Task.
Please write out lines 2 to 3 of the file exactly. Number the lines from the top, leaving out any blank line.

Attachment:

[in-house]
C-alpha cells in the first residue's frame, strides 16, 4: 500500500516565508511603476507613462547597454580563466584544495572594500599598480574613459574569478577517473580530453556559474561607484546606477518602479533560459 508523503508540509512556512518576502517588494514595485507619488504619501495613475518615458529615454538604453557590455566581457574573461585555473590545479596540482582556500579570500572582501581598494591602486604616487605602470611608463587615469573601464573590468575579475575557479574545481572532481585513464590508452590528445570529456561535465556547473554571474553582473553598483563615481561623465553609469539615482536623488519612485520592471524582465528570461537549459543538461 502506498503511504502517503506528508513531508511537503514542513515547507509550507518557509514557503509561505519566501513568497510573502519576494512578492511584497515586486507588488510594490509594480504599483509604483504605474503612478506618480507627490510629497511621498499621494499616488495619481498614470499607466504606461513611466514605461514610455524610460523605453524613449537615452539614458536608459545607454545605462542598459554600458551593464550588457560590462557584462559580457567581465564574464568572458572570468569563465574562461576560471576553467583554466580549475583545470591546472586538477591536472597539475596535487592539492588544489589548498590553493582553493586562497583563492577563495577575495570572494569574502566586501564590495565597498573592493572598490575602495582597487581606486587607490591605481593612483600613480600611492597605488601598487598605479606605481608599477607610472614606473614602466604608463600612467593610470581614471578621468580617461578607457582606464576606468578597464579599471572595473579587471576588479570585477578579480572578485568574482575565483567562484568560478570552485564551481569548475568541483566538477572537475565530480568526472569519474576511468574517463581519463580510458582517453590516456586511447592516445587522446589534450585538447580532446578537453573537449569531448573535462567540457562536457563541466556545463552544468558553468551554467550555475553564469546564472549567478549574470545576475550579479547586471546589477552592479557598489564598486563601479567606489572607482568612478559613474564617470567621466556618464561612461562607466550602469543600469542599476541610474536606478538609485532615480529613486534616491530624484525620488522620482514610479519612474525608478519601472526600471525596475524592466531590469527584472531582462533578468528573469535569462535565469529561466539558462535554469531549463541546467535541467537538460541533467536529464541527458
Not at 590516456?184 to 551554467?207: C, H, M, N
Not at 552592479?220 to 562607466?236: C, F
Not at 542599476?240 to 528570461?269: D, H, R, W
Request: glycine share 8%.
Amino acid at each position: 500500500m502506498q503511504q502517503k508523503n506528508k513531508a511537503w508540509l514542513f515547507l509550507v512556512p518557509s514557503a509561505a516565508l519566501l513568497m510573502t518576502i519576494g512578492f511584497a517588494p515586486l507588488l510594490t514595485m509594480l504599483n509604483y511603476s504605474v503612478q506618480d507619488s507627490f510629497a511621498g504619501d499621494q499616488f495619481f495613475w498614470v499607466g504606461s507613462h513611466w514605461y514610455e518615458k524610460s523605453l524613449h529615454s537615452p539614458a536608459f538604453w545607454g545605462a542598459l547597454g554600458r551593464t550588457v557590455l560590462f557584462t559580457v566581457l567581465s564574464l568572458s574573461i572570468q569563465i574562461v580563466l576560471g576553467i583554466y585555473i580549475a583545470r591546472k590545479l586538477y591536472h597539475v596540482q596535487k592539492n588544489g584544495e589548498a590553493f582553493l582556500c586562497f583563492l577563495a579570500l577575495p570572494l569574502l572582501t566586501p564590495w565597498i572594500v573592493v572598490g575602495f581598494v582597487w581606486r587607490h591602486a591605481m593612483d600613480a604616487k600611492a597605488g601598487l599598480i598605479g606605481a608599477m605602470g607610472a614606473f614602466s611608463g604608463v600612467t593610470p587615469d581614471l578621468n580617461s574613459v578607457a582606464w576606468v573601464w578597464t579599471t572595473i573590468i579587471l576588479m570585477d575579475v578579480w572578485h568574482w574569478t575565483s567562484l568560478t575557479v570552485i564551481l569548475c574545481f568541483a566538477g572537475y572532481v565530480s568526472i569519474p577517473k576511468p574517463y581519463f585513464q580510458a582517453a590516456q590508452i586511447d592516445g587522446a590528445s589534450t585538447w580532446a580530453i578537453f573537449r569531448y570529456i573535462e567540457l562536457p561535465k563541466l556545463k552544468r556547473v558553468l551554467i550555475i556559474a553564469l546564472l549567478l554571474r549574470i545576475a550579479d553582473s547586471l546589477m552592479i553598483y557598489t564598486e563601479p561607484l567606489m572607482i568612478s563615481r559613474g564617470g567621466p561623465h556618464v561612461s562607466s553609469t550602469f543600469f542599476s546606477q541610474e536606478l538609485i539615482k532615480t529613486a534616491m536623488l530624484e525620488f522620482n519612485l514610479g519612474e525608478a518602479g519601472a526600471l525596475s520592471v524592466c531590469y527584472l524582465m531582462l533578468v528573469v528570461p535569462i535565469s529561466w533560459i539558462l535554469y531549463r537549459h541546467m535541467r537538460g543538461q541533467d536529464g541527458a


C-alpha cells in the first residue's frame, strides 16, 4: 500500500516565508511603476507613462547597454580563466584544495572594500599598480574613459574569478577517473580530453556559474561607484546606477518602479533560459 508523503508540509512556512518576502517588494514595485507619488504619501495613475518615458529615454538604453557590455566581457574573461585555473590545479596540482582556500579570500572582501581598494591602486604616487605602470611608463587615469573601464573590468575579475575557479574545481572532481585513464590508452590528445570529456561535465556547473554571474553582473553598483563615481561623465553609469539615482536623488519612485520592471524582465528570461537549459543538461 502506498503511504502517503506528508513531508511537503514542513515547507509550507518557509514557503509561505519566501513568497510573502519576494512578492511584497515586486507588488510594490509594480504599483509604483504605474503612478506618480507627490510629497511621498499621494499616488495619481498614470499607466504606461513611466514605461514610455524610460523605453524613449537615452539614458536608459545607454545605462542598459554600458551593464550588457560590462557584462559580457567581465564574464568572458572570468569563465574562461576560471576553467583554466580549475583545470591546472586538477591536472597539475596535487592539492588544489589548498590553493582553493586562497583563492577563495577575495570572494569574502566586501564590495565597498573592493572598490575602495582597487581606486587607490591605481593612483600613480600611492597605488601598487598605479606605481608599477607610472614606473614602466604608463600612467593610470581614471578621468580617461578607457582606464576606468578597464579599471572595473579587471576588479570585477578579480572578485568574482575565483567562484568560478570552485564551481569548475568541483566538477572537475565530480568526472569519474576511468574517463581519463580510458582517453590516456586511447592516445587522446589534450585538447580532446578537453573537449569531448573535462567540457562536457563541466556545463552544468558553468551554467550555475553564469546564472549567478549574470545576475550579479547586471546589477552592479557598489564598486563601479567606489572607482568612478559613474564617470567621466556618464561612461562607466550602469543600469542599476541610474536606478538609485532615480529613486534616491530624484525620488522620482514610479519612474525608478519601472526600471525596475524592466531590469527584472531582462533578468528573469535569462535565469529561466539558462535554469531549463541546467535541467537538460541533467536529464541527458
Not at 590516456?184 to 551554467?207: C, H, M, N